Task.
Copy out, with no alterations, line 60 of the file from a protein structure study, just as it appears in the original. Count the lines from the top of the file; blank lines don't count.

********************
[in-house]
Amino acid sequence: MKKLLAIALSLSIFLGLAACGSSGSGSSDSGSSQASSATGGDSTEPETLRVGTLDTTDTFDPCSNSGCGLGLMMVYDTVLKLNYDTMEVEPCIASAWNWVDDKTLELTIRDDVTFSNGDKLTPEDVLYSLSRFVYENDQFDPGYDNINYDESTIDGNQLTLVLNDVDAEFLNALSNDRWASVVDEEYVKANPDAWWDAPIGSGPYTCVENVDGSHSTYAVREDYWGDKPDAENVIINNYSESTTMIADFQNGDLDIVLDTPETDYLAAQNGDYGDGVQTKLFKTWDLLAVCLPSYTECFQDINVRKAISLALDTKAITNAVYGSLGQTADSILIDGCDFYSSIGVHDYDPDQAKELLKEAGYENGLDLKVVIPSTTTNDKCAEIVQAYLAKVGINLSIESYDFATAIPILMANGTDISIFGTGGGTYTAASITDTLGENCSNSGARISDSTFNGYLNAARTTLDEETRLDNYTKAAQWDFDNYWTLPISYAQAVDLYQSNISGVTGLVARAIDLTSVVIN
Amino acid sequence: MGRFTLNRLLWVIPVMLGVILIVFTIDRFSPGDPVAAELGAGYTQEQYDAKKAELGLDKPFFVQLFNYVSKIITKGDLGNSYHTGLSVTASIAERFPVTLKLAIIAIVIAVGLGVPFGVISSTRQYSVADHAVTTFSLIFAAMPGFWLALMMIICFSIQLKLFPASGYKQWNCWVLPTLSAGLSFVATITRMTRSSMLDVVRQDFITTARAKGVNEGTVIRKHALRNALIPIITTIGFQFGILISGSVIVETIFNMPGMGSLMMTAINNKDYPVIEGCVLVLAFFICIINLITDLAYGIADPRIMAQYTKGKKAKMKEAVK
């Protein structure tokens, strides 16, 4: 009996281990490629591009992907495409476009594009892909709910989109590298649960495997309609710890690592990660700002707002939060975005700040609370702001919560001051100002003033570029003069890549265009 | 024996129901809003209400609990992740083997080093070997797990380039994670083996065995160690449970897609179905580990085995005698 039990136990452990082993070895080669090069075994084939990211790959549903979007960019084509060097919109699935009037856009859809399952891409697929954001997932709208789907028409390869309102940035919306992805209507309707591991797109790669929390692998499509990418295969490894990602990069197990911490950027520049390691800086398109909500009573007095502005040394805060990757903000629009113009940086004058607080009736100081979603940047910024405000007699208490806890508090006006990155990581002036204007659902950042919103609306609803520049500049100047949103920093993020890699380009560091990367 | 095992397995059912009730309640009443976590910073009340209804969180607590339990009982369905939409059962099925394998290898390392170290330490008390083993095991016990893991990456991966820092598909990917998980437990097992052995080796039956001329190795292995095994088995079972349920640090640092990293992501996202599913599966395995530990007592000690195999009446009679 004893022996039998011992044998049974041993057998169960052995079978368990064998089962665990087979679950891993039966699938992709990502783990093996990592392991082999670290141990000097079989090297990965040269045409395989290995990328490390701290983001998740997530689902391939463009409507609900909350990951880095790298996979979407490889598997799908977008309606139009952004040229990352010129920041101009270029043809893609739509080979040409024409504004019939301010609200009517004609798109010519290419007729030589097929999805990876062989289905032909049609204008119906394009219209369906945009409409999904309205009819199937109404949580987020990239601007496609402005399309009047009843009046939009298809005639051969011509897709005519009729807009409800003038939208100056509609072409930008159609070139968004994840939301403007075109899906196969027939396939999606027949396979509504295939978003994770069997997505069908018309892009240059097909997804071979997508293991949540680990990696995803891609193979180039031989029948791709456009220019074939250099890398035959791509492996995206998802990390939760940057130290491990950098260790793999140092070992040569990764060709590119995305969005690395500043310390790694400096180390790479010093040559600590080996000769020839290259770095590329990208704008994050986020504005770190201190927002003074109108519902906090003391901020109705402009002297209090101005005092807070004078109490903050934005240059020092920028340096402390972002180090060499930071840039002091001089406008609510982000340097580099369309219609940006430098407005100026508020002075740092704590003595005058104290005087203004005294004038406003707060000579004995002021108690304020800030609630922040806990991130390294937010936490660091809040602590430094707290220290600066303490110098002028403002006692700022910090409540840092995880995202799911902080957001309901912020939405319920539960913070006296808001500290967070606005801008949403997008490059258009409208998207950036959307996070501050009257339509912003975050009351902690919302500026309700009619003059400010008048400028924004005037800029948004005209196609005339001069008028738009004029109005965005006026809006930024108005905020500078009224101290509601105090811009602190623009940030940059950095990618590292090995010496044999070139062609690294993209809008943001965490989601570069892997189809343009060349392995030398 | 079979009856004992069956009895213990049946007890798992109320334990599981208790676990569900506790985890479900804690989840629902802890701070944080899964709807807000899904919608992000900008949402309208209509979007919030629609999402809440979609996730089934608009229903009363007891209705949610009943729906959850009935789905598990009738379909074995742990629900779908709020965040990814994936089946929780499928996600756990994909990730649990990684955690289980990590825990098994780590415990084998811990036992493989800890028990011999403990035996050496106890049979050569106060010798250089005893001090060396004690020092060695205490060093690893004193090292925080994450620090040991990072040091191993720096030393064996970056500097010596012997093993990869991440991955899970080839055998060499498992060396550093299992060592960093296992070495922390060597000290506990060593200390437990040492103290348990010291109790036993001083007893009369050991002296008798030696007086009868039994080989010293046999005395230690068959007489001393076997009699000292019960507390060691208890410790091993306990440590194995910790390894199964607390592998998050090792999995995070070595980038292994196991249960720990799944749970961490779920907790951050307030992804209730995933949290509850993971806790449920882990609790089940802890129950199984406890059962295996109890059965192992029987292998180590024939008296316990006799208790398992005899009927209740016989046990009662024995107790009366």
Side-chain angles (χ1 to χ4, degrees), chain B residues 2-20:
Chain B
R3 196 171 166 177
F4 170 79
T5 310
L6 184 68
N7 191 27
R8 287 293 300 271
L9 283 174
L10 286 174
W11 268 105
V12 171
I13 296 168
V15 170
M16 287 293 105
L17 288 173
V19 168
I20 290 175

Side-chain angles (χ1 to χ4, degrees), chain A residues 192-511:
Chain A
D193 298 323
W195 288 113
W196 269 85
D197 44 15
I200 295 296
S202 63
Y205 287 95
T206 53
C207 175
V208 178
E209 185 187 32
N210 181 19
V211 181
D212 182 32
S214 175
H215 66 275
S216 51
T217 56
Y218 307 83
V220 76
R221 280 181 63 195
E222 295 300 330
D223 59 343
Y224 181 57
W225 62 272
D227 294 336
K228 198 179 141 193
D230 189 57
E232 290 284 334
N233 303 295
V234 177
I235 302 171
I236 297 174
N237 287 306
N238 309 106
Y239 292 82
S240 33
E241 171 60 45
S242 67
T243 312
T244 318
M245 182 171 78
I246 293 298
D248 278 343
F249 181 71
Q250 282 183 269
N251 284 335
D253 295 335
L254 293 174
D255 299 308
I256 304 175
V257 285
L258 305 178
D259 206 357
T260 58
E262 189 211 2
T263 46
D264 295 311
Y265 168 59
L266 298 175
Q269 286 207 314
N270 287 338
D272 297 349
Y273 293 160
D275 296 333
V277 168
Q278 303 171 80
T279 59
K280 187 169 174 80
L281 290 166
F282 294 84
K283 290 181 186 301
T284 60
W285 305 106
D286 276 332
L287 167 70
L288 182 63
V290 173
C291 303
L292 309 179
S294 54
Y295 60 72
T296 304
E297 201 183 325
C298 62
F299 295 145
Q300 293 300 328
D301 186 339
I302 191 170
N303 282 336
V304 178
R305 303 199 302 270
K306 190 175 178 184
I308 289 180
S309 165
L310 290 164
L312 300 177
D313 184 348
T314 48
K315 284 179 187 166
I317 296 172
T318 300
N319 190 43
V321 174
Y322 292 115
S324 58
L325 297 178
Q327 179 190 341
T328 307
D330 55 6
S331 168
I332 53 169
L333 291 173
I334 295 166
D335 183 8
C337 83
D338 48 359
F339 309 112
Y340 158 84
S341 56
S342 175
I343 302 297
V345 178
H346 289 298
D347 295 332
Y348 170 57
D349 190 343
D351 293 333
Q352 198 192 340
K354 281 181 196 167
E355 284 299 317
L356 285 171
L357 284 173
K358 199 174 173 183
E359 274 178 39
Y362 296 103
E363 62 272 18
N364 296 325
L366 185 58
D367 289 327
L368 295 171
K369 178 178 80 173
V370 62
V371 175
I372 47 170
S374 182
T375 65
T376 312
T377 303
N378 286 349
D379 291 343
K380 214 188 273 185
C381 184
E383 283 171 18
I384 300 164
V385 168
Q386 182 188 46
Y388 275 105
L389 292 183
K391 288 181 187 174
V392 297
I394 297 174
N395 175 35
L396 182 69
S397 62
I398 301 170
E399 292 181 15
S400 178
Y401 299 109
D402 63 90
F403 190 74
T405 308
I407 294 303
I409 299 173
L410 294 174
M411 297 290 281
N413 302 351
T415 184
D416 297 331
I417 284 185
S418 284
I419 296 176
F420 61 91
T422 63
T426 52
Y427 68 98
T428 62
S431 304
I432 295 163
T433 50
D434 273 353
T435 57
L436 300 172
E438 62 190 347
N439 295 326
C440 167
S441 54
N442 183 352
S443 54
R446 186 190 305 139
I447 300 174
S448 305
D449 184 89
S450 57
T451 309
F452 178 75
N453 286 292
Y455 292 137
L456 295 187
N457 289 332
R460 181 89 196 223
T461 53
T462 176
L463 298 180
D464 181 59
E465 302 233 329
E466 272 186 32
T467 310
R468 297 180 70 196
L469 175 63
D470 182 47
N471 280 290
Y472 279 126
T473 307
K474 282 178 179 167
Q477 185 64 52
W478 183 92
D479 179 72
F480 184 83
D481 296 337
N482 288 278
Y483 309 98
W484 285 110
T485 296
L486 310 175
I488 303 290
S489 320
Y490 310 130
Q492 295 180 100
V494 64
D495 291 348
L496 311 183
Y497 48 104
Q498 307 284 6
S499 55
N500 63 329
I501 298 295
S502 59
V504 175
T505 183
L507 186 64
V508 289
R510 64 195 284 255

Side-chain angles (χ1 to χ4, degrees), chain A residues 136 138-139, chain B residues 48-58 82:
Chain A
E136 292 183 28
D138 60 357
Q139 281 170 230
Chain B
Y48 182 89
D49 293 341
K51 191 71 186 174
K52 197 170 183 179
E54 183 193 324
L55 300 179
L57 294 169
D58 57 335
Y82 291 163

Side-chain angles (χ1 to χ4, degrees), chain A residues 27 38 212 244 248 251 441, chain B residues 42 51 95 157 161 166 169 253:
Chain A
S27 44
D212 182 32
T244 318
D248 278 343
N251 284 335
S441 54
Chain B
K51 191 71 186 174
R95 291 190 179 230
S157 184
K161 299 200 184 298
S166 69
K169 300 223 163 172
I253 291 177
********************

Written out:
Y239 292 82